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Leadership Matters: Good Leaders Don’t Play Favorites

February 2018: Vol 41 No 2
Joel Trammell
Three things to consider as you examine whether you are unconsciously showing you prefer one employee over another
picking one person’s picture from a stack of pictures

Being a leader has certain similarities to being a parent. As a parent, you love all your children equally. Yet you still must work to avoid the appearance of playing favorites and make sure you devote equal time and attention to each child.

When leading a team in the workplace, whether you’re a CEO or a middle manager, you face the same type of challenge. Favoring one employee over others for factors unrelated to performance creates havoc on a team, but leaders commonly fail in this basic area. A study by Georgetown University’s McDonough School of Business found that 84 percent of surveyed executives saw favoritism at work in their own organizations. Almost a quarter (23 percent) even acknowledged practicing it themselves.

The perception of favoritism goes beyond who gets raises, bonuses or promotions. How many times have you seen a CEO and one of his or her executives attached at the hip, to the exclusion of other execs on his team? How many times have you worked for a manager who gave information to one or two of your colleagues while leaving everyone else in the dark?

In these examples, attention from the leader and special access to information gives a higher status to some members of the team, creating an “in” group and an “out” group. Like clockwork, that kicks off a threat response in the “out” group employees, which in turn leads to disengagement, resentment and low performance.

Here are three things to consider as you examine whether you are unconsciously showing favoritism as a leader.

  1. Accept that you have natural inclinations toward some of your employees. Whether it’s someone you have worked with for a decade or someone whose personality simply clicks with yours, it is natural to be biased toward certain members of your team. Those strong relationships are great, but you are responsible for leading every team member. Clear out time to spend with each person who reports to you, getting to know their personalities, strengths and quirks.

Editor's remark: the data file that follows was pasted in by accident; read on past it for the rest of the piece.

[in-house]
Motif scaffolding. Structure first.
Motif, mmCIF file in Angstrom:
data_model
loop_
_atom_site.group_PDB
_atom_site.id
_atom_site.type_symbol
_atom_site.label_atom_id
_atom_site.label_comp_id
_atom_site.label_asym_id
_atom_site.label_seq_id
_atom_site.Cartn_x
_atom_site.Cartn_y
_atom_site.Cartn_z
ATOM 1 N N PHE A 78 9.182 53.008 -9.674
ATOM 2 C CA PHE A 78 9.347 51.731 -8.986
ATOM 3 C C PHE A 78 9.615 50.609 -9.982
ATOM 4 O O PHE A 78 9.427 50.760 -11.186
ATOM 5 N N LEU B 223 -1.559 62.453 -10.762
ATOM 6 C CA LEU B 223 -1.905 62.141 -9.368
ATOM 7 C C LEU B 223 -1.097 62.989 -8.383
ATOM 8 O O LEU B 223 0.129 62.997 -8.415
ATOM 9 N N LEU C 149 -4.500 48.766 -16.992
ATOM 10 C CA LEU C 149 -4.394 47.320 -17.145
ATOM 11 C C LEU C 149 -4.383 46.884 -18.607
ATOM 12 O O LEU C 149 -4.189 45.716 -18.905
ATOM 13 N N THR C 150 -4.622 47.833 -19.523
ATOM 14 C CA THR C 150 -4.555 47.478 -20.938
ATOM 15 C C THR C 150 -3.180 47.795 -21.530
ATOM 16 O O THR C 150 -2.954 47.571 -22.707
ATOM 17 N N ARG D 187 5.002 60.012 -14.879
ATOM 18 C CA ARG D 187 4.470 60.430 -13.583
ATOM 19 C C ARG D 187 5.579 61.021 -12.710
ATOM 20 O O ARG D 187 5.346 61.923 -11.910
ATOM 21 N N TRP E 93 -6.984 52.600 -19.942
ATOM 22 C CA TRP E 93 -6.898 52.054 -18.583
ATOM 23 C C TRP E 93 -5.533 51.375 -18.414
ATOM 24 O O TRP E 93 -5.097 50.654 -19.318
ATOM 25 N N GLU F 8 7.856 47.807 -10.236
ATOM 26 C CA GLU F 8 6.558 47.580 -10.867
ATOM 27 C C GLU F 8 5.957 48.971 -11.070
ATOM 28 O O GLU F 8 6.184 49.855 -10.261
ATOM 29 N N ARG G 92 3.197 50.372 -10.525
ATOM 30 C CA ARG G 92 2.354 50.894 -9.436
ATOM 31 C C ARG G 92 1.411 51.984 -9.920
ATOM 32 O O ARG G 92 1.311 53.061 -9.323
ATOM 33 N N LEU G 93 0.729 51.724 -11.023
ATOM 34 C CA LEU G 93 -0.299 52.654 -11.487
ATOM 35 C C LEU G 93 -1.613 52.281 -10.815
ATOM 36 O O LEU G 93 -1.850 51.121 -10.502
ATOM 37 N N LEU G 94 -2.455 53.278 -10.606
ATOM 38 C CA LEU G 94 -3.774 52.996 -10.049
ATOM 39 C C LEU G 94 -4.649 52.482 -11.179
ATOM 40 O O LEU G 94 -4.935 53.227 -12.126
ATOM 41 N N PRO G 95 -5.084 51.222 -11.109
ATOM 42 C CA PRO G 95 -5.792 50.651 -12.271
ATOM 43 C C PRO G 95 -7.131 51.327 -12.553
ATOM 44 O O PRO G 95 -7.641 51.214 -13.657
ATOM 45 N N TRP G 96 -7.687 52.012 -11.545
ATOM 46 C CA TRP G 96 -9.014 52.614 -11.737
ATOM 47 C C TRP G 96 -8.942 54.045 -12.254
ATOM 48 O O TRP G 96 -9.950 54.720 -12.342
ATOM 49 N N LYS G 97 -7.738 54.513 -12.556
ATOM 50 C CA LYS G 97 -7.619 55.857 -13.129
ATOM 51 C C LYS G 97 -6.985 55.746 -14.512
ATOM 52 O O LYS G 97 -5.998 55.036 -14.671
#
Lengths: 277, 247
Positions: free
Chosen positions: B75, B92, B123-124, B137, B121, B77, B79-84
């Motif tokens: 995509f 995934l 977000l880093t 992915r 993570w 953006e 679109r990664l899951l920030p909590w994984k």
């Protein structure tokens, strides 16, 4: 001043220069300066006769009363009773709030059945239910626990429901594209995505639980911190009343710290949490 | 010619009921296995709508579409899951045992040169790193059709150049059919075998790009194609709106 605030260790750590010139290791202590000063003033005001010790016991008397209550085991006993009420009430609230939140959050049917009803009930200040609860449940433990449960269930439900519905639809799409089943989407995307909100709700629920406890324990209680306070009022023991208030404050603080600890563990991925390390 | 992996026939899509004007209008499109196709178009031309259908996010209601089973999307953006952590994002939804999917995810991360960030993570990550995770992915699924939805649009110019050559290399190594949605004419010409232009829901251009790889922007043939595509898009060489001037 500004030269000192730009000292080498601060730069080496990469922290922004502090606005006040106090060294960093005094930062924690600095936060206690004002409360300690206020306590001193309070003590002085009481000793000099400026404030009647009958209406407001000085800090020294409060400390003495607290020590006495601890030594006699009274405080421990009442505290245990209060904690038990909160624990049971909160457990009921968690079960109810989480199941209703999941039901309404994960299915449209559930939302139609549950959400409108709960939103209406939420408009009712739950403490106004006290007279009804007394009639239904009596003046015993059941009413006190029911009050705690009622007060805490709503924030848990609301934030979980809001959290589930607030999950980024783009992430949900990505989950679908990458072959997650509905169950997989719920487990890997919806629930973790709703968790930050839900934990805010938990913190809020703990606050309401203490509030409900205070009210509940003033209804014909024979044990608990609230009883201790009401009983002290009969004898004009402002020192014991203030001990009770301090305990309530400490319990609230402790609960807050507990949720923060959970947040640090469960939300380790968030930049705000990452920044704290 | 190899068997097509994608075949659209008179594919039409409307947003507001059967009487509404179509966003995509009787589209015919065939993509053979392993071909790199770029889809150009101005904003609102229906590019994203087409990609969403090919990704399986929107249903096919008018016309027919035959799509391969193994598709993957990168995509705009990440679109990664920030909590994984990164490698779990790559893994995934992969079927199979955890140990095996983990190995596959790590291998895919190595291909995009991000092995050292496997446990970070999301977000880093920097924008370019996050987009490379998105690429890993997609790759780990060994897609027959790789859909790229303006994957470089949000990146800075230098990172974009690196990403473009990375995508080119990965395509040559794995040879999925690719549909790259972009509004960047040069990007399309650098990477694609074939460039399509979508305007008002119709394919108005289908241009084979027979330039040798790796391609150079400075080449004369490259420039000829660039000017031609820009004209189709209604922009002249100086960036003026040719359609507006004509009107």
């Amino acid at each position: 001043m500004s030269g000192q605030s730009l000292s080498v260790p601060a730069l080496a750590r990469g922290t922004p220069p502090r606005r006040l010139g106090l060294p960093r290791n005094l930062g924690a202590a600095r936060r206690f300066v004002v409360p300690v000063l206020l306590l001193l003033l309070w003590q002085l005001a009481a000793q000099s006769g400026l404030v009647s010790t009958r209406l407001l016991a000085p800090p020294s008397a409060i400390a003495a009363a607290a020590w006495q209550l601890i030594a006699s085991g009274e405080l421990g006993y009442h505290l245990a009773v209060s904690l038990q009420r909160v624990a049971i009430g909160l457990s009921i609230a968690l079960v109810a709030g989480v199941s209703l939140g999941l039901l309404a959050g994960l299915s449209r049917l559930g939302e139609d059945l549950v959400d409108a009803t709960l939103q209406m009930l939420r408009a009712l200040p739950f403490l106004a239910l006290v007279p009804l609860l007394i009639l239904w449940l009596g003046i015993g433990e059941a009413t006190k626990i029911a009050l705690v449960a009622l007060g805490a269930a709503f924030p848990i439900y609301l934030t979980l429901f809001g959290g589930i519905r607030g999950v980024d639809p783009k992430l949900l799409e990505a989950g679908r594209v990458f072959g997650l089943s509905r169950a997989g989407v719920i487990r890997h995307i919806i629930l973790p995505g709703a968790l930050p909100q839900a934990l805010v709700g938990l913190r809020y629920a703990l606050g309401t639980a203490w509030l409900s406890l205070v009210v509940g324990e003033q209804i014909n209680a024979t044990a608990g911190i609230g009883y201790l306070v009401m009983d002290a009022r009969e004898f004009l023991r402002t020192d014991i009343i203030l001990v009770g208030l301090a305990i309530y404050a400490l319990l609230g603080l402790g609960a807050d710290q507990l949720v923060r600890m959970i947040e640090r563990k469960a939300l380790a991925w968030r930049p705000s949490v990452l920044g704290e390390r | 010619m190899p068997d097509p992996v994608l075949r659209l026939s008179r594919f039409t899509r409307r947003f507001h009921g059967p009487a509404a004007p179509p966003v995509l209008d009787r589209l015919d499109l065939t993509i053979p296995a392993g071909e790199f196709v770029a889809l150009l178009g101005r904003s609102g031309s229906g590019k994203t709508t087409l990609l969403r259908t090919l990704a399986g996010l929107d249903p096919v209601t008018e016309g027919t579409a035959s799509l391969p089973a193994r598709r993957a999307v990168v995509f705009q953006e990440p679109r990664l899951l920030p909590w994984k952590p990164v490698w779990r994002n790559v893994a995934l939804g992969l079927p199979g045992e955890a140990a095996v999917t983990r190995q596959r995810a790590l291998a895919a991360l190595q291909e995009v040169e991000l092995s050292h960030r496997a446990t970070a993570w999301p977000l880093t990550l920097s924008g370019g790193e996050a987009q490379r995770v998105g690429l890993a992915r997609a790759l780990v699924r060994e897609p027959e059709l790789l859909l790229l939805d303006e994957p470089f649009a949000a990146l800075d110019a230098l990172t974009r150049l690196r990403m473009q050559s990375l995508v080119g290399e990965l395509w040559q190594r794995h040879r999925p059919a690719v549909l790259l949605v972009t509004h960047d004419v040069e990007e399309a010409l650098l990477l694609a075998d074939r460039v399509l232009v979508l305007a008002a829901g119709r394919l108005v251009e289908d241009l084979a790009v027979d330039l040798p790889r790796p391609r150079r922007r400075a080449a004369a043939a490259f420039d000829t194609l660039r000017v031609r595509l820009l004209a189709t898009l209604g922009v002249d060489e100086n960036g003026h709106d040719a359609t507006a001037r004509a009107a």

2. Don’t confuse building a high-performing team with favoritism. You will naturally have a mix of A, B and C players on any team. It’s your job as manager to retain the As, grow the Bs, and work with the Cs to either improve performance or find a position that fits them better. There’s a big difference between (a) smartly tailoring your approach to these performance categories and (b) showing careless favoritism based on personality, assumptions or other factors. Each team member should be given access to the same essential resources and information as everyone else—but also evaluated by and rewarded for the actual value they bring to the team.
  3. Expectation-setting is an antidote to favoritism. One way to ensure that you’re treating employees fairly across the board is to sit with them individually at the beginning of the quarter and come up with the key metrics and goals they will be assessed on. If both you and the employee are on the same page about these expectations, you’ll have a solid foundation for the feedback and coaching you give them. At the same time, they will be less likely to feel that any promotions, bonuses or opportunities you give out are rooted in favoritism or office politics.

I encourage you to spend time this week examining how you work with your team. Are you showing undue preferential treatment to some? Neglecting others? The members of your team will never exist on a completely level playing field, but it’s your duty to make each of them feel they are getting the attention, opportunity and leadership they deserve.

Joel Trammell is founder and CEO of Khorus, Austin, Texas, which provides an enterprise leadership platform that gives CEOs a central place for driving execution, managing talent, and building culture.

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